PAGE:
Establishes a process to expunge convictions and conduct sentencing review hearings related to federal cannabis offenses.
The bill, which is expected to be brought to the floor for a vote and pass sometime this month, was originally introduced last year by Rep. Jerrold Nadler, D-N.Y. and approved by the House Judiciary Committee in November. While a counterpart bill (S.2227) has been introduced in the U.S. Senate by Sen. Kamala D. Harris (D-CA) – the Democratic Vice Presidential nominee – its passage in the chamber is unlikely as Senate Majority Leader Mitch McConnell (R-KY) has declined to endorse the bill, making its chances of successfully moving through committee and to the Senate floor for a vote virtually impossible. Without action in the Senate, the bill will die this Congress. However, proponents of cannabis legalization – as well as civil rights and civil liberties organizations, and criminal justice reform advocates – are still hailing the House vote as historic, and an important first step toward generating the momentum and support needed to favorably position the measure for future congressional consideration.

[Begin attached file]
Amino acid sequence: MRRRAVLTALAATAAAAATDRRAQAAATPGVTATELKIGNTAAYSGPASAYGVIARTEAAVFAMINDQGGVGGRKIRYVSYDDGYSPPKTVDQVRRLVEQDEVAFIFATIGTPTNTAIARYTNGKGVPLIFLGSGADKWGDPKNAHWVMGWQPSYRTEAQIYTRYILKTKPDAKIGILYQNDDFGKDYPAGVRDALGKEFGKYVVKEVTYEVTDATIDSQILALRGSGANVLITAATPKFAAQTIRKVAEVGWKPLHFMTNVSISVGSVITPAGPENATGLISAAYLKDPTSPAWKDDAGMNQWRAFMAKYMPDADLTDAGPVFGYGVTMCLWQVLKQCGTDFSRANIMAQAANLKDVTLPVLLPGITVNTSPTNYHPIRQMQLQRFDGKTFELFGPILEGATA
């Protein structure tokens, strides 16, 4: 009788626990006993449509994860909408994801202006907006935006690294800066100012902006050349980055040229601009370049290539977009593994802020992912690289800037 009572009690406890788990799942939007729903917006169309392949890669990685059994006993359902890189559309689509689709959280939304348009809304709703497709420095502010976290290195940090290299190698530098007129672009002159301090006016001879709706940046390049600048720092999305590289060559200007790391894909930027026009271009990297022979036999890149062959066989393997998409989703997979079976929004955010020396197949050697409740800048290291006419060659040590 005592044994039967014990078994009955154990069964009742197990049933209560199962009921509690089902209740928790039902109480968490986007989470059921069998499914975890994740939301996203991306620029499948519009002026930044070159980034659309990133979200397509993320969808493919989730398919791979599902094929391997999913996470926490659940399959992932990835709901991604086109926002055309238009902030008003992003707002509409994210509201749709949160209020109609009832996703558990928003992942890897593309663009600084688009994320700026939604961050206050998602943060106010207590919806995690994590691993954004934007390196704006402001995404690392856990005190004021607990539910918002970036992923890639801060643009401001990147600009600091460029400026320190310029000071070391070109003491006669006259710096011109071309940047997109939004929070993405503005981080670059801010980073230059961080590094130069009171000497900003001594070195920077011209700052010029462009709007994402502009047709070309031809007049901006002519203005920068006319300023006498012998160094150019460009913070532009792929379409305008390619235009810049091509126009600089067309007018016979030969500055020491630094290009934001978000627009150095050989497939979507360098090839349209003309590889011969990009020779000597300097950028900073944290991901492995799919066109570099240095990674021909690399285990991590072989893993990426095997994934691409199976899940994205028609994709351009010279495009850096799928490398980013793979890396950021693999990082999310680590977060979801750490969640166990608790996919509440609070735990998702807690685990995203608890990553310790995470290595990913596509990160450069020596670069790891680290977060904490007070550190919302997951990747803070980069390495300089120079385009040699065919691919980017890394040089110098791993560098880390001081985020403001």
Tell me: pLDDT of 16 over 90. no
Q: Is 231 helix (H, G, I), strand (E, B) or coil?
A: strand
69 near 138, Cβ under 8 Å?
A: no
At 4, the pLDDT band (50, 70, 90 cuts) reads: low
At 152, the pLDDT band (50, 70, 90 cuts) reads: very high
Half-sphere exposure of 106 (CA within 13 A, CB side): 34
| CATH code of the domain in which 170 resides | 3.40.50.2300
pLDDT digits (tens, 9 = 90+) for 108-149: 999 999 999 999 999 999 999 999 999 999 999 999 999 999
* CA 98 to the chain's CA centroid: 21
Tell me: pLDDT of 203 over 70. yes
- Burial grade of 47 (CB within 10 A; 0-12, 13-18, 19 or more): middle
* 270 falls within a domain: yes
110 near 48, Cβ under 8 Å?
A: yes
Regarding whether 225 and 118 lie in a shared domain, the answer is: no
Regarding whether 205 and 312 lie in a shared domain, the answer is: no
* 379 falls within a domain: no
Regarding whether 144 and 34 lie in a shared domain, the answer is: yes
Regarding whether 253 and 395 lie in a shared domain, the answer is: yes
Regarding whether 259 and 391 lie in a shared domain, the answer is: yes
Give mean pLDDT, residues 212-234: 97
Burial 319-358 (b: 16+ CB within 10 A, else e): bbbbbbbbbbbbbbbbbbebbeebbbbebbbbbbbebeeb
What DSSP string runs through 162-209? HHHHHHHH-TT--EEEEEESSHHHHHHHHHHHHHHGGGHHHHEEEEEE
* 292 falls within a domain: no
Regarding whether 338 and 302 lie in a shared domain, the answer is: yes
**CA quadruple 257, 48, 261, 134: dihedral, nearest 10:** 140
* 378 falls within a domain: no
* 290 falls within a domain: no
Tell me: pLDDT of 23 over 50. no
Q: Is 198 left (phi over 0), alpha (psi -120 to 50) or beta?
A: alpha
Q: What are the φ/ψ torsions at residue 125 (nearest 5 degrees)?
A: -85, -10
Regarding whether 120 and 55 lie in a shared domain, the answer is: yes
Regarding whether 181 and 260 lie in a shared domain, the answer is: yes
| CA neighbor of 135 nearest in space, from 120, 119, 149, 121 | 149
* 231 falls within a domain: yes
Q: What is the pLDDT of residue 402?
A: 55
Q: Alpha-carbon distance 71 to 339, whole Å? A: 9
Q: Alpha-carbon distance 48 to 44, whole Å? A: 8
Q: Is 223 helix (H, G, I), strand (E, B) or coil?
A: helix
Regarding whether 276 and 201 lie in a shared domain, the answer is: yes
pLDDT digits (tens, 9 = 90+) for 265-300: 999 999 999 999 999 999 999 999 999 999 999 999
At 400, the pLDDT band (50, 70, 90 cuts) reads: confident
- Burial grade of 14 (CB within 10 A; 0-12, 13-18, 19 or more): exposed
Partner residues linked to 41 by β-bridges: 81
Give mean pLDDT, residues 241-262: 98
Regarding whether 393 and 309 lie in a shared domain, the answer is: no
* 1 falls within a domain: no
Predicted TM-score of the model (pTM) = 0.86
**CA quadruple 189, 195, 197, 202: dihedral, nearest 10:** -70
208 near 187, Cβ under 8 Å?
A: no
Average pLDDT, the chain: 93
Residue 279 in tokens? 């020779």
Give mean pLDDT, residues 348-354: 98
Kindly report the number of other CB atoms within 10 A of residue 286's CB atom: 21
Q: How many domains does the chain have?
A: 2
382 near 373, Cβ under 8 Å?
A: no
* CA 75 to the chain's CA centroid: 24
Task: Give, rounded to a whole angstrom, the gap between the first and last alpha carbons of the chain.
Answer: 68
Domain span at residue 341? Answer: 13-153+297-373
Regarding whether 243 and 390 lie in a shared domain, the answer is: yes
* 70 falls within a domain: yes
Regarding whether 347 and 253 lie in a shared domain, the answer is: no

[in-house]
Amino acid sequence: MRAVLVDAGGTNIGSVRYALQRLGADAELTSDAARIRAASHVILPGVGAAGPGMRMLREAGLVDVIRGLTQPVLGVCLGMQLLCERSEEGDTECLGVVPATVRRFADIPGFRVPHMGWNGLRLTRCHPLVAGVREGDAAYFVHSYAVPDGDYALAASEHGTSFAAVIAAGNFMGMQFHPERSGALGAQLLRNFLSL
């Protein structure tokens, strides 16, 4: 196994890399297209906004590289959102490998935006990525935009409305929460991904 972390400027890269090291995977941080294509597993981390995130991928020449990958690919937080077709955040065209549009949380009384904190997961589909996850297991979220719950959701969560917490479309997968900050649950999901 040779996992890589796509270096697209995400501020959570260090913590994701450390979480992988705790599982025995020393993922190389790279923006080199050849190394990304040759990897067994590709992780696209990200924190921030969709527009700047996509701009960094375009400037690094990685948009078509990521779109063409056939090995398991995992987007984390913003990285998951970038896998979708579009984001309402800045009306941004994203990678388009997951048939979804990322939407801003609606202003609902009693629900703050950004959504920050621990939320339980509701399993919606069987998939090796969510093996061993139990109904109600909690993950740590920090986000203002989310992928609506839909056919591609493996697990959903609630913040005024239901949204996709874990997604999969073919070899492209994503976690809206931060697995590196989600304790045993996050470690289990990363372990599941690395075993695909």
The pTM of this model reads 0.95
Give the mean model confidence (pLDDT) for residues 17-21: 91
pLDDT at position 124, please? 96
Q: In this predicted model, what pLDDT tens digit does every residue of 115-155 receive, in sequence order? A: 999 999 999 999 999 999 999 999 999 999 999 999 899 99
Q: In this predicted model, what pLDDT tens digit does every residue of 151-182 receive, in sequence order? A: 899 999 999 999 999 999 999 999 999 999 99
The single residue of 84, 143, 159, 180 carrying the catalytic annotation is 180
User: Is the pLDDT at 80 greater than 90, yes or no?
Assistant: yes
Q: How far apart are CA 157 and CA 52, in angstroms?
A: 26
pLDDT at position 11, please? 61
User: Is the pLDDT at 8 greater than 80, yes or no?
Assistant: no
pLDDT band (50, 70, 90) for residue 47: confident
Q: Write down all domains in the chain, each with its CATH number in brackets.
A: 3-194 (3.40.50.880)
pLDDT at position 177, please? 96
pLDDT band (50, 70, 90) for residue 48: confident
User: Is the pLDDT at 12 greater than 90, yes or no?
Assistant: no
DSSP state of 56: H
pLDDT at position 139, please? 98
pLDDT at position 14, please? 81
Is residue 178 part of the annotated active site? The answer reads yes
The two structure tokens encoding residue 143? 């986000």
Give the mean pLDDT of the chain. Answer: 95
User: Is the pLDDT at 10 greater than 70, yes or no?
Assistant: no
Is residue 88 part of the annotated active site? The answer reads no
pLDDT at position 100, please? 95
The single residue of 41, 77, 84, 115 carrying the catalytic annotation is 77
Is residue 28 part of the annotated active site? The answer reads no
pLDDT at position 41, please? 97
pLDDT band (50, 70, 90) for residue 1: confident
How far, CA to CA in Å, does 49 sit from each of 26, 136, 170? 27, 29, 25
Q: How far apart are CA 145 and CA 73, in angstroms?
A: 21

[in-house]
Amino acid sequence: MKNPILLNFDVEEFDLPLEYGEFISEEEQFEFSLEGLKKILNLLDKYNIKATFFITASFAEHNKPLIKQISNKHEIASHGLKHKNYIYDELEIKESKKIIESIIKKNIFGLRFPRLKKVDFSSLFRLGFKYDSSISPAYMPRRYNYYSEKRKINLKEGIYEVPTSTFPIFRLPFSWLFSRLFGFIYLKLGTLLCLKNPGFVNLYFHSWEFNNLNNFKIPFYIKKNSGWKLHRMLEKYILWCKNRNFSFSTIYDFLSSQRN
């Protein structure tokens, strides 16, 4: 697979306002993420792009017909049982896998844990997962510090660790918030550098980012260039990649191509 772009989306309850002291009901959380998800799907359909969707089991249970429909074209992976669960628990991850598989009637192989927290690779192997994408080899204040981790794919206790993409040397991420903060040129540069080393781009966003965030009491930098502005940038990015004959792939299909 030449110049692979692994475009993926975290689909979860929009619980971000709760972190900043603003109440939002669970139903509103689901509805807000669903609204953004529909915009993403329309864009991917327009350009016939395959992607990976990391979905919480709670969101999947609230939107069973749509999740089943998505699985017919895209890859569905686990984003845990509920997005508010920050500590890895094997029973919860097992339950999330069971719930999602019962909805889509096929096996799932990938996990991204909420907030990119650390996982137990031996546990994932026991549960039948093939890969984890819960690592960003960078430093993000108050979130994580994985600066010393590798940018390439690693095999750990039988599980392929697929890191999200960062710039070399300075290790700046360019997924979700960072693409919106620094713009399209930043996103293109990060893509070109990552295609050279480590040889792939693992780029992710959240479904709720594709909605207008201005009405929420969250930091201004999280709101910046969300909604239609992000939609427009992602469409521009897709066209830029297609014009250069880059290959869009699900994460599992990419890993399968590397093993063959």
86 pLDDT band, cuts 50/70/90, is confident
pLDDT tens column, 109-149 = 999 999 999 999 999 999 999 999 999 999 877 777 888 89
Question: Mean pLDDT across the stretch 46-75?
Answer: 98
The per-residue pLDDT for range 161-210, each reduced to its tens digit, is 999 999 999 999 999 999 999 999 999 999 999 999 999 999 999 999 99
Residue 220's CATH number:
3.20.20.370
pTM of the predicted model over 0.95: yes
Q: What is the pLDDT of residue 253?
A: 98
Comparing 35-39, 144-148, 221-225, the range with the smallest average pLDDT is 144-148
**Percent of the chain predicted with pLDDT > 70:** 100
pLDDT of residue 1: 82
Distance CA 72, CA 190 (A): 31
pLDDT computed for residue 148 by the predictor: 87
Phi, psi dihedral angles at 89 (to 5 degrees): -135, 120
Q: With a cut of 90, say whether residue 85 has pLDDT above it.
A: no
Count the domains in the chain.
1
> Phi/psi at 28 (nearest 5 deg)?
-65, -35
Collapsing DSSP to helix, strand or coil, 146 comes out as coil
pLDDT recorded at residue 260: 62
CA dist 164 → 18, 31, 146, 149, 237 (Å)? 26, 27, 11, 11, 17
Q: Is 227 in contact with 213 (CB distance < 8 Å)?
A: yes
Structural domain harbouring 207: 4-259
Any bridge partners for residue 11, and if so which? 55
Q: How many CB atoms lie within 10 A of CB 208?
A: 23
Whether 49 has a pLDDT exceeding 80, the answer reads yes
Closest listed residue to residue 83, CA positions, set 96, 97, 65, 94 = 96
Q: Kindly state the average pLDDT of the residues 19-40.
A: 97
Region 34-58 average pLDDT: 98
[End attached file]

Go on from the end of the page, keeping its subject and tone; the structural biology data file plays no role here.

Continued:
Prospects for the successful consideration and approval of the measure by the next Congress will likely hinge on the outcome of the November election.
Vice President Joe Biden, the Democratic presidential nominee, has proposed rescheduling cannabis as a schedule II drug so researchers can study its positive and negative impacts. Biden has expressed support for decriminalization of marijuana, expungement of prior cannabis use convictions, and legalizing cannabis use for medical purposes – but wants to leave decisions regarding adult recreational use to the individual states. If elected, Biden and Harris would likely seek to decriminalize cannabis but stop short of advocating for federal adult use legalization, allowing the individual states to decide.
Duane Morris partners Seth Goldberg and David Landau have been named to the American Trade Association for Cannabis and Hemp (ATACH) Task Force, which will focus on the harmonization of laws and regulations that contribute to the bifurcated treatment of hemp and marijuana, as well as the evolving regulatory landscape for cannabis industry participants. Mr. Goldberg, a team lead for the Duane Morris Cannabis Industry Group, joined ATACH president Michael Bronstein and Gary Kaminsky of Acreage Holdings in their meeting with the White House’s Office of Management and Budget in August.